For every Paine there seems to be an Edmund Burke*; anti-revolutionary, distrusting radical enthusiasms, advocating slow, incremental change. They are becoming more visible as a result of the UN intervention in Libya, though they had always been there, expressing reservations about the revolutions themselves, often making their governments hesitant. They don't ostensibly support the existing regimes, but would prioritise stability over rapid change.
A few Burkes are drawn into denial if not outright apologism. For example, Richard Falk can actually write,
The main pretext given for the intervention was the vulnerability of Libyan civilians to the wrath of the Gaddafi regime. But there was little evidence of such wrath beyond the regime's expected defence of the established order, although admittedly being here undertaken in a brutal manner, which itself is not unusual in such a situation.But mostly they produce this sort of stuff from Abdelkader Benali - it could be seen as a Western plot, it looks like a tribal war between rival regions, better to have a broader coalition, more Arab involvement is needed, etc., etc. Sometimes the sceptics give credence to regime propaganda, raising the spectre of Al Qaeda or the risk that something could go terribly wrong in the aftermath. Thankfully in Libya, the Paines seized the day at the last minute, though the Burkes still rumble on about not exceeding the UN resolution or not backing regime change, rather than accepting that whilst Gaddafi remains so does the threat to civilian lives. This caution produces talk about a cease fire or even partition, both of which would cement Gaddafi's position in the west and allow him to regroup and rearm. Neither policies have a great pedigree, though both are wonderful excuses for inaction.
And so the debate over Libya is much the same as the one Burke and Paine had over France in the 1790s; the radical, democratic activist against the cautious, conservative reformist. One of the odd things is how conservatism seems to have infected the left, whilst some on the right have become revolutionary sympathisers.
I am temperamentally disposed to be a Paine, so I dislike this cautious conservatism. In Libya it played for time when there was none left, hoping for a fait accompli, meaning that western governments could wring their hands over the coming repression without having to actually do anything about it. And what really strikes me is that the whole critique is based on a pessimistic assessment of what might be, not what actually is. They are fearful, when reality often tells a different story.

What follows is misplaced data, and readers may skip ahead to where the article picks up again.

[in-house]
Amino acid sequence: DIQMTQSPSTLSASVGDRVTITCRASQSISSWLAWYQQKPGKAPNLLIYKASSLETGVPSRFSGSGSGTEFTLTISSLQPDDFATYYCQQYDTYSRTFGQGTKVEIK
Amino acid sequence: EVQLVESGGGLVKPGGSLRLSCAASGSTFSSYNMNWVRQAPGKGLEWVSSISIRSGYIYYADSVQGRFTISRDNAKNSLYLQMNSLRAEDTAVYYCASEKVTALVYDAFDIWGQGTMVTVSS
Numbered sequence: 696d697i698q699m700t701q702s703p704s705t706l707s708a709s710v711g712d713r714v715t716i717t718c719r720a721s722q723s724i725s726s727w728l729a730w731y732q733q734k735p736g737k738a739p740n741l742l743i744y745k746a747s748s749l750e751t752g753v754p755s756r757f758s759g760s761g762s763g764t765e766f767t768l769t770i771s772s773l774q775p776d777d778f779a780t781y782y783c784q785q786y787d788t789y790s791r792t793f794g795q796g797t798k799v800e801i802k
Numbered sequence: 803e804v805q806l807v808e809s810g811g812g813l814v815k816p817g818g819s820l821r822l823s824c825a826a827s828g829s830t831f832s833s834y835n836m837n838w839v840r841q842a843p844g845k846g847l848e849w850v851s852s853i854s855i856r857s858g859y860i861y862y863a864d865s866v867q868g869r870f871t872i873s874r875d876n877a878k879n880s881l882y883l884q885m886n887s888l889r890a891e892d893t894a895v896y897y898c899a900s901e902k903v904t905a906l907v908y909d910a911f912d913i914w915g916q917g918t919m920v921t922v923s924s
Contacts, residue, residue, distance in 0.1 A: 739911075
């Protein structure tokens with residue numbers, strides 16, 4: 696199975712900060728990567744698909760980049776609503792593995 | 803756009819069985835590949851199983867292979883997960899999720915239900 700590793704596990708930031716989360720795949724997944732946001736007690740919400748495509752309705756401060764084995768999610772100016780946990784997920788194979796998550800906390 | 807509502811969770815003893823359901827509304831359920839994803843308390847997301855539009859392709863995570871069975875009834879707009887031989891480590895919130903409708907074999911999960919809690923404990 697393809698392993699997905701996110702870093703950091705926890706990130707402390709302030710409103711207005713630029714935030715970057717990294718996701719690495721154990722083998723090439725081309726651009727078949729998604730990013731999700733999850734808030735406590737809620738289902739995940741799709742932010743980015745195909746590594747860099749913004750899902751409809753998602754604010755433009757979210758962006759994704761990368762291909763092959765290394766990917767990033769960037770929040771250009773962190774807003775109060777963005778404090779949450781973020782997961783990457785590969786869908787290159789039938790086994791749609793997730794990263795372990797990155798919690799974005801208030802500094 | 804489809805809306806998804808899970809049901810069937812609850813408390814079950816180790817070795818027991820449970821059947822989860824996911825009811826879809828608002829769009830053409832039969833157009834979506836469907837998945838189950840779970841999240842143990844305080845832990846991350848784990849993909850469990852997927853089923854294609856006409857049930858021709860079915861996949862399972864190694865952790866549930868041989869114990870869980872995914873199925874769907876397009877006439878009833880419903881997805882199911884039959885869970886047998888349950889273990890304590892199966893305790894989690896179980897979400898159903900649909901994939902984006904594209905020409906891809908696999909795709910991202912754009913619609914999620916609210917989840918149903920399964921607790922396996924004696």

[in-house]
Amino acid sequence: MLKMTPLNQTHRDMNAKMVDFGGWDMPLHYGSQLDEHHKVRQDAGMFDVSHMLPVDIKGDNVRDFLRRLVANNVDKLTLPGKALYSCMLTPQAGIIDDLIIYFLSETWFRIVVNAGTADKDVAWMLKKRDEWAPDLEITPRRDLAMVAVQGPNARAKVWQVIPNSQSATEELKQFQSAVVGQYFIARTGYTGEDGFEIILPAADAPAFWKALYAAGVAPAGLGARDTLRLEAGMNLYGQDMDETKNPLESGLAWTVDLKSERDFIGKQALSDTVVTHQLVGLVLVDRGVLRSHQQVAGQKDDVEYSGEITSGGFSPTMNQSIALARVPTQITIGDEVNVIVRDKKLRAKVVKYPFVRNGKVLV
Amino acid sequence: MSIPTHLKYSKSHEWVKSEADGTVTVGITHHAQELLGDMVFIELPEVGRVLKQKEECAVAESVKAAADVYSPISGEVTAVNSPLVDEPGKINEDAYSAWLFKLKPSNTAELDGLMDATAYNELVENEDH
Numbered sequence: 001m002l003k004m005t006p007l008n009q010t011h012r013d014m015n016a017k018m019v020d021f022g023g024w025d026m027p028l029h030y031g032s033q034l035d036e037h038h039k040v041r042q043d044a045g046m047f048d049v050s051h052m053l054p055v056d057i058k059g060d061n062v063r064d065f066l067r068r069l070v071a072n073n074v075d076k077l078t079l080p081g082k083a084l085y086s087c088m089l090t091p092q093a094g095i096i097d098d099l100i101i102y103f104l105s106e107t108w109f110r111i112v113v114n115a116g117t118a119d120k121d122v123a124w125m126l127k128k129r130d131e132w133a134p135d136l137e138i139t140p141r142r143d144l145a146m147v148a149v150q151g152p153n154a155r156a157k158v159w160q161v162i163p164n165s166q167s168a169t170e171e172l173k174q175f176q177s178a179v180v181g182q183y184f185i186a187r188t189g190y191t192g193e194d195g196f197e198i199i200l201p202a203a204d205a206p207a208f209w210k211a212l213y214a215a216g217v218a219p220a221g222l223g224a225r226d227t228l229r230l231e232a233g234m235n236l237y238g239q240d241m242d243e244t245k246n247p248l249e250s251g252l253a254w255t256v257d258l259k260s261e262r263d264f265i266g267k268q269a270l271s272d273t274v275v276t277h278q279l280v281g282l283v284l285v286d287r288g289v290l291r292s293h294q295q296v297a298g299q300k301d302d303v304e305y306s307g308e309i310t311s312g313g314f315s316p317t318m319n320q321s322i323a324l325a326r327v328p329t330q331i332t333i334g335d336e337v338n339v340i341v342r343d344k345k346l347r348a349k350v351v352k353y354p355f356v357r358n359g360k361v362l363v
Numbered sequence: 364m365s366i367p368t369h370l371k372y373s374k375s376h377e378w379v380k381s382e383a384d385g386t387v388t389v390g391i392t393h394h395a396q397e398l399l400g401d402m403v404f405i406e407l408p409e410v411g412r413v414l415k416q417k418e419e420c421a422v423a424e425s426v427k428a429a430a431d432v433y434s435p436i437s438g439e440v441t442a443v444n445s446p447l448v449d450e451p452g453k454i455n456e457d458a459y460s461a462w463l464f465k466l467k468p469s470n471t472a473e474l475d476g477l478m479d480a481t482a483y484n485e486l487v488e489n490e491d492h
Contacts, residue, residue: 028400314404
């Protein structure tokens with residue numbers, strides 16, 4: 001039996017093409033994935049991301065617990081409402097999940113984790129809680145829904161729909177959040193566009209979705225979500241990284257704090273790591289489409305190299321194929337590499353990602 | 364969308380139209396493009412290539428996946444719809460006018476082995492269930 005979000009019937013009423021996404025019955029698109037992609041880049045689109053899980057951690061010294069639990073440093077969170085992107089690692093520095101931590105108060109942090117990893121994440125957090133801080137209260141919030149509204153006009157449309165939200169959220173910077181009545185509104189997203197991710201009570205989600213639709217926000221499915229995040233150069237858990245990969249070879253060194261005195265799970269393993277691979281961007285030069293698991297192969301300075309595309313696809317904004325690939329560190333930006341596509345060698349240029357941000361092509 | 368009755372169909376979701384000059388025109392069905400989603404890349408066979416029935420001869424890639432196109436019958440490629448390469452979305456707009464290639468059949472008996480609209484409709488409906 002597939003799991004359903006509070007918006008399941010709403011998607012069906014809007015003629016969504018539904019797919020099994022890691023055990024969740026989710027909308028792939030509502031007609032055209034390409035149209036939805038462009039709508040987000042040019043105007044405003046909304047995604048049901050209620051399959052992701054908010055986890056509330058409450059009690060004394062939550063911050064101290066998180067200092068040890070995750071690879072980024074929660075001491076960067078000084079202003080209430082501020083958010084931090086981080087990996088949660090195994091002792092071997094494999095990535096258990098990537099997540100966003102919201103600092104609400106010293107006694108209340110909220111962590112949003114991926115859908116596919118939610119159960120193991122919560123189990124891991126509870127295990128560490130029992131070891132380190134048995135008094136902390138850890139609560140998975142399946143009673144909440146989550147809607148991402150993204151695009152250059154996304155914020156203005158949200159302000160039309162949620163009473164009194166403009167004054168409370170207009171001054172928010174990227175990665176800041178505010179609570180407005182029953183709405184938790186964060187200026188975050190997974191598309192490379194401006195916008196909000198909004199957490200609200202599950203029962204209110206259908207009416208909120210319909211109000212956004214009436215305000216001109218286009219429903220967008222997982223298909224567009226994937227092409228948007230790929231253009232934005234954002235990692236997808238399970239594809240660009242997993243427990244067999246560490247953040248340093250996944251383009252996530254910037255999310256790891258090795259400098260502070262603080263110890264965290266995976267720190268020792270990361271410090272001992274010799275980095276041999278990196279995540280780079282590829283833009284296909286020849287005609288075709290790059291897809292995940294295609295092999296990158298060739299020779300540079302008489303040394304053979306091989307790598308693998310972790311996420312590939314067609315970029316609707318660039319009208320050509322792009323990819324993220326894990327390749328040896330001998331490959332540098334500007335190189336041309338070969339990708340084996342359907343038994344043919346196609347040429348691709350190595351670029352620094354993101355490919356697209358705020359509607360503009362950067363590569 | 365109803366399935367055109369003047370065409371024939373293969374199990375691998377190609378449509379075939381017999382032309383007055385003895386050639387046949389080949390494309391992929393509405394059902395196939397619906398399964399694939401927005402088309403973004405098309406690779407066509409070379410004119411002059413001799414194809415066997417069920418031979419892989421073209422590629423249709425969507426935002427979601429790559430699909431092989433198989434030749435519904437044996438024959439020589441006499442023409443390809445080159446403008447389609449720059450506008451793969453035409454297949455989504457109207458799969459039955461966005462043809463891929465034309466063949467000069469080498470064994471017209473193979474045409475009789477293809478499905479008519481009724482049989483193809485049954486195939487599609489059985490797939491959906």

There are strengths to a Burkean analysis. Revolutions can go very wrong indeed, especially when informed by impossibilist ideologies. Yet this is not what is happening in the Middle East. What is being demanded is something humdrum, the dignity of an ordinary life lived in the sort of polities that people have seen on satellite TV, on YouTube, or experienced as students in the west. A type of regime where 250,000 people can march against a government policy and even indulge in some minor rioting, without deaths, shooting, arbitrary arrests and torture. They want something that we live with and take for granted, usually grumbling about the harshness of our lot all the while.
This maybe our everyday reality, but we tend to forget that it too needed to be fought for. Here in Manchester we remember our own massacre, nearly two hundred years ago, of peaceful demonstrators demanding the vote. Far more recently we have experienced fascism, war and genocide. We know that there is much that can go wrong, that victory comes with imperfections. We can be certain that once new regimes are in place that there will be a longer struggle for women's emancipation, something that always lags behind when male public freedom often means continuing female public and private oppression. Women's liberation needs its own activism and mobilisation. Even so, today, when we see people struggling and dying to bring down the nasty police states that they were born into and to claim their own imperfect freedom, their own slice of normality, the least we can do is offer some practical solidarity, abandon faux neutrality and search for the Tom Paine inside us.
*Sometimes this should be confused with a berk. For those that don't know, the word 'berk' comes from Cockney rhyming slang - Berkeley Hunt ...